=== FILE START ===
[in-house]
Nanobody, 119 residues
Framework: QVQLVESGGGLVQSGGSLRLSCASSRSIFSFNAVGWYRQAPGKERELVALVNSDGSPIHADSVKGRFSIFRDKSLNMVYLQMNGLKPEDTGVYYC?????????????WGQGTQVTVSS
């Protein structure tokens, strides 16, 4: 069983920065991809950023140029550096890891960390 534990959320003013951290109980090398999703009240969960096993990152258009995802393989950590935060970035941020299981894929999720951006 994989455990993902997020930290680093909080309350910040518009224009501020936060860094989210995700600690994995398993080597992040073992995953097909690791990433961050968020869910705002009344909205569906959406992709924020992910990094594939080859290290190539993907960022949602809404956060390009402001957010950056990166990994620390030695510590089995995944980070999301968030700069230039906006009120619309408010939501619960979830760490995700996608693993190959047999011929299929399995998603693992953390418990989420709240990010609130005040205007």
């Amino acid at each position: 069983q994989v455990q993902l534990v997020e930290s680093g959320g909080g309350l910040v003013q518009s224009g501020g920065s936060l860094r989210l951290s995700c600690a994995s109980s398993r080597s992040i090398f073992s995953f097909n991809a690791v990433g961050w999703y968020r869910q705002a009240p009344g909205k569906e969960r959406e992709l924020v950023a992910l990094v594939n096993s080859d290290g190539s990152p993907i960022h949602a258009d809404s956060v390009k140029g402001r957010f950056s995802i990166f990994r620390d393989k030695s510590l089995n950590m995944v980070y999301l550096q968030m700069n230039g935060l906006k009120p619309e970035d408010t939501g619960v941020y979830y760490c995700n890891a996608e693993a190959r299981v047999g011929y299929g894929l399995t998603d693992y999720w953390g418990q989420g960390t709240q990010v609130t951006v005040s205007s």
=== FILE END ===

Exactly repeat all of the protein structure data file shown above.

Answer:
[in-house]
Nanobody, 119 residues
Framework: QVQLVESGGGLVQSGGSLRLSCASSRSIFSFNAVGWYRQAPGKERELVALVNSDGSPIHADSVKGRFSIFRDKSLNMVYLQMNGLKPEDTGVYYC?????????????WGQGTQVTVSS
């Protein structure tokens, strides 16, 4: 069983920065991809950023140029550096890891960390 534990959320003013951290109980090398999703009240969960096993990152258009995802393989950590935060970035941020299981894929999720951006 994989455990993902997020930290680093909080309350910040518009224009501020936060860094989210995700600690994995398993080597992040073992995953097909690791990433961050968020869910705002009344909205569906959406992709924020992910990094594939080859290290190539993907960022949602809404956060390009402001957010950056990166990994620390030695510590089995995944980070999301968030700069230039906006009120619309408010939501619960979830760490995700996608693993190959047999011929299929399995998603693992953390418990989420709240990010609130005040205007």
């Amino acid at each position: 069983q994989v455990q993902l534990v997020e930290s680093g959320g909080g309350l910040v003013q518009s224009g501020g920065s936060l860094r989210l951290s995700c600690a994995s109980s398993r080597s992040i090398f073992s995953f097909n991809a690791v990433g961050w999703y968020r869910q705002a009240p009344g909205k569906e969960r959406e992709l924020v950023a992910l990094v594939n096993s080859d290290g190539s990152p993907i960022h949602a258009d809404s956060v390009k140029g402001r957010f950056s995802i990166f990994r620390d393989k030695s510590l089995n950590m995944v980070y999301l550096q968030m700069n230039g935060l906006k009120p619309e970035d408010t939501g619960v941020y979830y760490c995700n890891a996608e693993a190959r299981v047999g011929y299929g894929l399995t998603d693992y999720w953390g418990q989420g960390t709240q990010v609130t951006v005040s205007s």